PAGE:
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Eugene Ormandy

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NEWS
June 25, 2012
      1. b. 1900. 2. d. Fritz Scheel, 1900-07. 3. c. Yannick Nexet-Seguin. 4. a. London. 5. c. Eighth. 6. b. Camden. 7. d. Summer residency in Saratoga, started in 1966, under Eugene Ormandy. 8. a. The Big Broadcast of 1937. 9. b. Montreal Symphony. 10. c. 1960.  
ENTERTAINMENT
September 21, 1990 | By Lesley Valdes, Inquirer Music Critic
Samuel Barber's warmblooded Violin Concerto does not in general lack for performances or recordings. But it has not been heard at the Academy of Music since its premiere by the Philadelphia Orchestra under Eugene Ormandy in 1941, with violinist Albert Spalding. Nadja Salerno-Sonnenberg performs the concerto tonight, tomorrow and Tuesday under Riccardo Muti's direction. Rounding out this weekend's subscription program are Prokofiev's "Classical" Symphony and Tchaikovsky's Symphony No. 4. Philadelphia Orchestra, Riccardo Muti directing, at the Academy of Music, Broad & Locust Streets, tonight at 8, tomorrow and Tue. Tickets: $10-$60; $5 student tickets available with ID one-half hour before Mon-Thu subscription concerts; $2.50 unreserved amphitheater seats on sale one hour before Fri-Sat concerts.
NEWS
November 6, 2013 | By Robert Moran, Inquirer Staff Writer
Mayor Nutter, in the midst of a trade mission to the United Kingdom and Israel, announced Monday that the Philadelphia Orchestra will tour Europe in 2015. The orchestra will conclude its tour with two performances in London, Nutter said. The mayor called the orchestra "a vital cultural ambassador for the city, and one that brings tremendous economic development to the city by making the case for doing business in Philadelphia. " Nutter pointed out that the orchestra, with music director Eugene Ormandy, toured Britain in 1949, becoming the first orchestra from America to cross the Atlantic after World War II. The ensemble performed 28 concerts in 27 days in England and Scotland.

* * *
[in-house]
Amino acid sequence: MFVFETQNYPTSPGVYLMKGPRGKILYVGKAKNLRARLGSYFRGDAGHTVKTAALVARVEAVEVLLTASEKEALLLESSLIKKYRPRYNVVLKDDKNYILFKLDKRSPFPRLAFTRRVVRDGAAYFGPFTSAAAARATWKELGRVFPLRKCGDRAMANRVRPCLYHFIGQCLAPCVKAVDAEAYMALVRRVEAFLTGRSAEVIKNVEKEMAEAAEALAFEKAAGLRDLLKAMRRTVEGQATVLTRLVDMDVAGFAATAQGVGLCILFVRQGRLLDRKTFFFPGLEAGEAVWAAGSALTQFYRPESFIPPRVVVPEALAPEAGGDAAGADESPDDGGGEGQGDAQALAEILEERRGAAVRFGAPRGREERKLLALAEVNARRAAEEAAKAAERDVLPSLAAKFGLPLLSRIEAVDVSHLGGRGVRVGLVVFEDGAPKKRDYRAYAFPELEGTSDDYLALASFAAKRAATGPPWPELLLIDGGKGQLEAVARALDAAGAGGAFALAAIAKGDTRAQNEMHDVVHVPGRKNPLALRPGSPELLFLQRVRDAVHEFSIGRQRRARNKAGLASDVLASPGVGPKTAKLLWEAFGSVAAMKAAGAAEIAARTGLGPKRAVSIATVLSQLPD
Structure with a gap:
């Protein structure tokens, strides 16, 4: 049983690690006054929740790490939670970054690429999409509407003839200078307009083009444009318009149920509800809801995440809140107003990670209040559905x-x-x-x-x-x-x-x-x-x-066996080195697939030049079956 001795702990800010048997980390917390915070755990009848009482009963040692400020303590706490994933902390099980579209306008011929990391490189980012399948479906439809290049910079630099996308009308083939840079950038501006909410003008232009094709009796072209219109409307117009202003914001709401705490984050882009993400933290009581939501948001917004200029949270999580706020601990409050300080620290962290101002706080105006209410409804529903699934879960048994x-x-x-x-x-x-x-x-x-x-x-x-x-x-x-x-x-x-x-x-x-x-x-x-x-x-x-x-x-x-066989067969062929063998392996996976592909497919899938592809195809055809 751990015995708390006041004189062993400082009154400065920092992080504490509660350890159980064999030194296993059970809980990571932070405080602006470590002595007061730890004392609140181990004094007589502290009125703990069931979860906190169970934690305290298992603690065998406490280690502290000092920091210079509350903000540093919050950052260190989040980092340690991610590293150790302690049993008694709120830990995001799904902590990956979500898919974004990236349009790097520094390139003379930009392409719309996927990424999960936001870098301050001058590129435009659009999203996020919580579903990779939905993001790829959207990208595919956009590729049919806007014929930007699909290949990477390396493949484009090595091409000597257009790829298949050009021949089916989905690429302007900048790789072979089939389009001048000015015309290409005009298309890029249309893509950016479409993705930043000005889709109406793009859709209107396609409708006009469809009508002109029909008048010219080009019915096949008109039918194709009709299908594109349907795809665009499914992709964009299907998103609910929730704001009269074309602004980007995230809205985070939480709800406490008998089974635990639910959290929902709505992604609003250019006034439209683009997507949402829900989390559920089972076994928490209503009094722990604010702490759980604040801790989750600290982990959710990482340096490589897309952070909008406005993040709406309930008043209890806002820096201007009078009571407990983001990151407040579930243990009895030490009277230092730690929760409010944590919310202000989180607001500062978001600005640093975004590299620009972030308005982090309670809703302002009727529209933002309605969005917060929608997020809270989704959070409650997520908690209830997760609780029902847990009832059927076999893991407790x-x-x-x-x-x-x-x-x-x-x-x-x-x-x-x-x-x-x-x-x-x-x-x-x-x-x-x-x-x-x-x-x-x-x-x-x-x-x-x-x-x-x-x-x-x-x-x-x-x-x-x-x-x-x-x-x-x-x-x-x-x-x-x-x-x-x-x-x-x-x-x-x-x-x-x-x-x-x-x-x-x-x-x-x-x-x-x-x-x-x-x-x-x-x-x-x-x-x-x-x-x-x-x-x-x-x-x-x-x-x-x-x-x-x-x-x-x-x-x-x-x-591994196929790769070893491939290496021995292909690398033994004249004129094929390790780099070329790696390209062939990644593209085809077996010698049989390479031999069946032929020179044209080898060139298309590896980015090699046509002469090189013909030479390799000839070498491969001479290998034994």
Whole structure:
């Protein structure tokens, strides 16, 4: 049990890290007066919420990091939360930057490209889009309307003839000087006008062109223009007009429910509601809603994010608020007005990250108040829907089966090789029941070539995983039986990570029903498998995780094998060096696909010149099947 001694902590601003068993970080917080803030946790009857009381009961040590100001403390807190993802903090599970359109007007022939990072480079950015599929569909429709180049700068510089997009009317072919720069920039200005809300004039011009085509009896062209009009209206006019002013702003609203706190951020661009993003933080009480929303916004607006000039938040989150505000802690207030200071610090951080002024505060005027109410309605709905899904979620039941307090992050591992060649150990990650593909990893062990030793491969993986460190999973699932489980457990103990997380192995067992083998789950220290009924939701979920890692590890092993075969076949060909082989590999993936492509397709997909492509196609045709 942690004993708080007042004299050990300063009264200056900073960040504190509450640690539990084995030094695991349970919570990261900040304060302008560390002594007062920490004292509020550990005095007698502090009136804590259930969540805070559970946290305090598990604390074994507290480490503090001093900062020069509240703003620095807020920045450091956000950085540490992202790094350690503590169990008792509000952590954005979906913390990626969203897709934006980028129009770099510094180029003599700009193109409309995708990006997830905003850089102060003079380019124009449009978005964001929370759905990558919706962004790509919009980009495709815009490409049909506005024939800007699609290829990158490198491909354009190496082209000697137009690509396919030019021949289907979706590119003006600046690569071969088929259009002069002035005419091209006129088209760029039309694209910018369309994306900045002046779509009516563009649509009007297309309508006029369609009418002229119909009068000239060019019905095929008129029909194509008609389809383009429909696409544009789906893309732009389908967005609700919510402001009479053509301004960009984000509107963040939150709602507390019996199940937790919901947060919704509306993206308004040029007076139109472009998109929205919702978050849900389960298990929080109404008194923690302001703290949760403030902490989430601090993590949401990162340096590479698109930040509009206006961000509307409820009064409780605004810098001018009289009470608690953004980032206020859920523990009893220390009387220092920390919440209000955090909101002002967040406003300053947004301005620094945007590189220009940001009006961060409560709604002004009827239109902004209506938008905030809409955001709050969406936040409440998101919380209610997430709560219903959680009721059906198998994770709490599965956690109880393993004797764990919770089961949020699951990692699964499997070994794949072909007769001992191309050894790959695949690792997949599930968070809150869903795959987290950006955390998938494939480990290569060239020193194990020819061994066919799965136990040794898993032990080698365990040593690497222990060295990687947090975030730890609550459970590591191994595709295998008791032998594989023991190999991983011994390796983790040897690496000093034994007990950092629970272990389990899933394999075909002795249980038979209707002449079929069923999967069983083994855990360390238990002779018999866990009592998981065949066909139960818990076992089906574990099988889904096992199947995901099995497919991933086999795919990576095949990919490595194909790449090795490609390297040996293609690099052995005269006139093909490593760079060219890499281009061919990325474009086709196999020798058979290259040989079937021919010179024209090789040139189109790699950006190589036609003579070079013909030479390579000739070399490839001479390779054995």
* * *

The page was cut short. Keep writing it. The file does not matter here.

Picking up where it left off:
NEWS
January 7, 1998 | By Daniel Webster, INQUIRER MUSIC CRITIC
Marilyn Costello, 72, a harp prodigy who infused Philadelphia Orchestra performances with elegance and virtuosity for more than a generation, died of cancer Monday at her Rittenhouse Square apartment. In 47 years with the orchestra, 46 of them as principal, she appeared frequently as soloist. Audiences could identify her sound without having to look at the stage, for her playing was somehow operatic. Her playing combined urgency, rich and eloquent sound, and the passion of opera, but in French repertoire, sounded through mists of atmospheric subtlety.
NEWS
May 15, 2010
For Ormandy, red roses and remembrance Once a year, on May 15, a dozen red roses appear on the grave of Eugene Ormandy in the churchyard of Old Pine Street Presbyterian. The roses are no mystery, but to the question of why the remains of the Philadelphia Orchestra's fourth music director, a Jew, reside in the cemetery of a Presbyterian church, the answer is not so clear. What happened was this: When Ormandy was dying, his physician was Edward Viner, who was friends with Bill Pindar, pastor of the church.
NEWS
June 2, 1998 | By Peter Dobrin, INQUIRER STAFF WRITER
Gretel Ormandy, 89, widow of longtime Philadelphia Orchestra music director Eugene Ormandy and the orchestra's "Queen Mother," died Sunday evening at her Rittenhouse Square home after a long illness. Mrs. Ormandy suffered a stroke in November 1993 and had been confined to a wheelchair. "She was very kind and gracious," said Silvia Mann, widow of orchestra benefactor and industrialist Fredric R. Mann and a friend of Mrs. Ormandy's for more than 50 years. "And, of course, she was a wonderful wife to him. She did everything - packed and unpacked, dressed and undressed him. He didn't have to think about anything except his music.
NEWS
May 23, 2006 | By Peter Dobrin INQUIRER MUSIC CRITIC